Reaching net zero climate emissions by 2050 will require a “fundamental transformation of the global economy”, according to a report by McKinsey, one of the world’s most influential consulting firms.
It estimates that $9.2tn will need to be invested every year for decades to limit the global temperature rise to 1.5C and end the climate emergency. The sum is a 60% increase on current investment levels and equivalent to half of global corporate profits.
The report warns that the economic transformation will affect every country and every sector, with those most reliant on fossil-fuel-burning experiencing the most change. McKinsey, which advises many governments and large companies, also says the transition will be front-loaded with, for example, the cost of electricity rising before falling later.
However, the report says reaching net zero is vital to avoiding the most catastrophic impacts of global heating, which would harm billions of people, and that many low-carbon investments are opportunities for economic growth and would lead to a lower-cost, more efficient economy. It also says the transformation becomes more expensive the longer action is delayed.
“$9.2tn is a very big number – big enough for anybody to pay attention to,” said Jonathan Woetzel at the McKinsey Global Institute, the consultancy’s in-house thinktank, and an author of the report. “But it’s not an impossible number. It’s not like we haven’t [made transformations] before in other ways”, such as the global shift to urban living.
The economic transformation is from an economy that did not include the costs of environmental and social damage to one that does, according to Woetzel. “There will only be a sustainable economy, we won’t have any other kind.”
The report says the front-loaded transformation raises a “critical question” of who will pay and whether higher costs of electricity, steel and cement are passed on to people or whether those on low-incomes are protected by governments.
The goal of the report is to assess the scale of the economic transition required to reach net zero, assuming action is taken quickly, and concludes: “Achieving net zero would mean a fundamental transformation of the world economy.”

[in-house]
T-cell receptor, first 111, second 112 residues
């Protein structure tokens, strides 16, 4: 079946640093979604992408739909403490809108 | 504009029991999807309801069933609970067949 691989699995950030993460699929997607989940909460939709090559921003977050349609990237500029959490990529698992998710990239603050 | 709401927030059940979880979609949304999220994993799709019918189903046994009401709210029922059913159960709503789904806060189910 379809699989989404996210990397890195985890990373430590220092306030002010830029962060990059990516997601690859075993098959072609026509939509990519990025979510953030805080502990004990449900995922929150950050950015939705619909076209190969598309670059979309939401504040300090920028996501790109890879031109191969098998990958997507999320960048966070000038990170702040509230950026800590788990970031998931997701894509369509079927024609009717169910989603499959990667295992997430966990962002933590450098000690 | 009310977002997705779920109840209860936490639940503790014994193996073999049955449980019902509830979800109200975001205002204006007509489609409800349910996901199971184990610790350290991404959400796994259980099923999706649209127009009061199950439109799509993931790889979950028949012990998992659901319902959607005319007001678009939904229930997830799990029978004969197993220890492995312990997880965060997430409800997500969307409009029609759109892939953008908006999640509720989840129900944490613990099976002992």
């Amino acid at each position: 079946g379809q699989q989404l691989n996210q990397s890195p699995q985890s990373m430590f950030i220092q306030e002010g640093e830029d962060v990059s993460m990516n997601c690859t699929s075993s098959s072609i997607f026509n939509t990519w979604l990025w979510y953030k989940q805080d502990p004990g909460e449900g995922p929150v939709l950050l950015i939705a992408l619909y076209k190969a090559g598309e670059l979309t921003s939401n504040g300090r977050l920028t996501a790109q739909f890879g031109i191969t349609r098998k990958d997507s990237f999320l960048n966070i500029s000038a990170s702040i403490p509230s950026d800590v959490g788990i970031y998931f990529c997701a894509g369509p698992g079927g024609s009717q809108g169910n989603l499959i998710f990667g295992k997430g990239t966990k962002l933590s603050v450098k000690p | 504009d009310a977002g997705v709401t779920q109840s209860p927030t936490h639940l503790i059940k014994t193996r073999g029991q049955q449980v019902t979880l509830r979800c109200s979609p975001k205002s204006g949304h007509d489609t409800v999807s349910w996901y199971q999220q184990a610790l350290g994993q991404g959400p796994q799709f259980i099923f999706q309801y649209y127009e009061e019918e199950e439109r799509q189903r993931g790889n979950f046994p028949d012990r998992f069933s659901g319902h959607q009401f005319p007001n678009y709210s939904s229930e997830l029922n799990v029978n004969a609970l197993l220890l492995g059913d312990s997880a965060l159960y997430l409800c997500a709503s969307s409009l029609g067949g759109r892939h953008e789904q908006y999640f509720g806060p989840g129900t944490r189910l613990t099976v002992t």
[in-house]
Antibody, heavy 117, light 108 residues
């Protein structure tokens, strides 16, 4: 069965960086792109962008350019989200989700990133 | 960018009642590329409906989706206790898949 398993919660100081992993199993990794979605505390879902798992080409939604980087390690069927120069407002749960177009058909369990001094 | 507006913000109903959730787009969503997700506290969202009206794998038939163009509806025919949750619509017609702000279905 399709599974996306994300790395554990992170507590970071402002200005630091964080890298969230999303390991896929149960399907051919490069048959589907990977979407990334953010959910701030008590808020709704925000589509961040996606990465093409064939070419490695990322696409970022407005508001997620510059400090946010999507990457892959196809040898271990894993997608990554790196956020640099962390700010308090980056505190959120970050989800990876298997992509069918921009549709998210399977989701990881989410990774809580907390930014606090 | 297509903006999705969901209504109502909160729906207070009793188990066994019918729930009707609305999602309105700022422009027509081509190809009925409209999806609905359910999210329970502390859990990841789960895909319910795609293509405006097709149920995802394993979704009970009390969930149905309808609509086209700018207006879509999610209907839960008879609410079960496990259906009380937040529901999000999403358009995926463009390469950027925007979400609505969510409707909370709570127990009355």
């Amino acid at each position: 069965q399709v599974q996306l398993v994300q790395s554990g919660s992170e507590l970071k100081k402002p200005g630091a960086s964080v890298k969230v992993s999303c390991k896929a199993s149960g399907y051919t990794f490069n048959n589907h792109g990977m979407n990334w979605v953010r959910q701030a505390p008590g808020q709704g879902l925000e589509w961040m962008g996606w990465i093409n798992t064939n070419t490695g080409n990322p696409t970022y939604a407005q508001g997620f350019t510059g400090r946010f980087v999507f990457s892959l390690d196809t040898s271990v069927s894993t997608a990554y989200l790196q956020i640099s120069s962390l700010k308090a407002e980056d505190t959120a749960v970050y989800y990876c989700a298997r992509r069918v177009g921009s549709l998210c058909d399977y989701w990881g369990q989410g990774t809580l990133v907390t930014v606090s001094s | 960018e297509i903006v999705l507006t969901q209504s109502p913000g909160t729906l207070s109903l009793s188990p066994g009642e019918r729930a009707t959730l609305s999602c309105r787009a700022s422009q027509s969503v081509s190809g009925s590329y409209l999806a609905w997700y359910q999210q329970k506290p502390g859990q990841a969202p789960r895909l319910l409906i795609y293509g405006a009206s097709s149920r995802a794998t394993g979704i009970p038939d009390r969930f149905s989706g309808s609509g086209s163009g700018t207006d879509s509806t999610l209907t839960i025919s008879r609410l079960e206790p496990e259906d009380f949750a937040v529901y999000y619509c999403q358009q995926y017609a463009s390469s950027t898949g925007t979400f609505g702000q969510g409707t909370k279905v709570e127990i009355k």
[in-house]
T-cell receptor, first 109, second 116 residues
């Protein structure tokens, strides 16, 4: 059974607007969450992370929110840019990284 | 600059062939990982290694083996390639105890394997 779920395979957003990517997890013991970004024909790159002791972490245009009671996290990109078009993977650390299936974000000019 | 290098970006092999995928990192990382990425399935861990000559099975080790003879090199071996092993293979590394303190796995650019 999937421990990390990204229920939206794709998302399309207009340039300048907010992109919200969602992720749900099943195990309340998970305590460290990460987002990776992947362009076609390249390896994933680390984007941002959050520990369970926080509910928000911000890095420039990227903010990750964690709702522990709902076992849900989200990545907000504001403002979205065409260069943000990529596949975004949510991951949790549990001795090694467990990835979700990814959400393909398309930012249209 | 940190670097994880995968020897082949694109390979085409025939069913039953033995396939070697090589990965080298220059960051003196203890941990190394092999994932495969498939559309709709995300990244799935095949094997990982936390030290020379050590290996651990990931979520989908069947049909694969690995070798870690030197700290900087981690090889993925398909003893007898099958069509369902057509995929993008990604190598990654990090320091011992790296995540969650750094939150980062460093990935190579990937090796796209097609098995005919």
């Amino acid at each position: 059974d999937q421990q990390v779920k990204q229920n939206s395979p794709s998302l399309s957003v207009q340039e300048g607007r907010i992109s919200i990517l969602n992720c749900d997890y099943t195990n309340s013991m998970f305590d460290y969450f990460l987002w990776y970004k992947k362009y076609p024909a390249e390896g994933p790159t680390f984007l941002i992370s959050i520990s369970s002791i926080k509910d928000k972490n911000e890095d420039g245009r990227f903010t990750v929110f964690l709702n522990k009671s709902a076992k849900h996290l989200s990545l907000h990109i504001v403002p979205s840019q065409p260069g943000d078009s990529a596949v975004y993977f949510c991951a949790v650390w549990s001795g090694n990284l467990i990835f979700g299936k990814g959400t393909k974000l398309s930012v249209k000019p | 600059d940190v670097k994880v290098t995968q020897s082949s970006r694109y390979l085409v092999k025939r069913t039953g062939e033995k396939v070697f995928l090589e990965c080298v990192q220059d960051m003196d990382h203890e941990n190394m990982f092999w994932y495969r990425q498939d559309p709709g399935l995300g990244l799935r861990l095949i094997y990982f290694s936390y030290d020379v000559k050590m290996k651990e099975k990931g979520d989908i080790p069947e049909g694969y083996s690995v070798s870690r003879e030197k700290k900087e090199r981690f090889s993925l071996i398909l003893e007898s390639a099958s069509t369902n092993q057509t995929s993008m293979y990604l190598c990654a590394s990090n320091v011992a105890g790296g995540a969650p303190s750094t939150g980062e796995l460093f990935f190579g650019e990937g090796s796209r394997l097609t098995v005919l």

It estimates that investment in energy, transport, buildings, industry and agriculture would need to rise by $3.5tn, with an additional $1tn of today’s spending switching from high-carbon to low-carbon goods, such as electric cars and heat pumps. As a proportion of global GDP, the total investment required would be 6.8%, rising to as much as 8.8% between 2026 and 2030 before falling.
The McKinsey scenario suggests electricity costs could rise by 25% by 2040 before falling below today’s levels after 2050, because of the lower operating cost of renewable energy. Steel and cement face cost increases of about 30% and 45% respectively, it says.
Bob Ward, a policy director at the Grantham Research Institute on Climate Change at the London School of Economics, UK, said: “The McKinsey investment figures are not the net costs of reaching net zero globally, but instead the upfront annual costs without taking into account the benefits.
“Investments in clean infrastructure will generate jobs, growth and huge savings, particularly by eliminating the need to buy ruinously expensive fossil fuels, and [will] yield much bigger returns when taking into account the avoided loss of lives and livelihoods from air pollution and climate change.”
The insurance firm Swiss Re recently estimated that the damage caused by a 2.6C rise in global temperature by 2050 would reduce global GDP by 14%. In October, the climate economist and life peer Nicholas Stern said: “The move to net zero can be the great driver of a new form of growth – the growth story of the 21st century.”
“While the immediate tasks ahead may seem daunting, human ingenuity can ultimately solve the net zero equation, just as it has solved other seemingly intractable problems over the past 10,000 years,” the McKinsey report says. “The key issue is whether the world can muster the requisite boldness and resolve.”
If it does, the report says, the rewards would far exceed the avoidance of climate impacts alone because countries would have to work together and would then be better positioned to address other “age-old” geopolitical issues.
“That is a hopeful message, we believe, for people to realise that there’s a need to – and a capacity to – create greater global collaboration,” Woetzel said.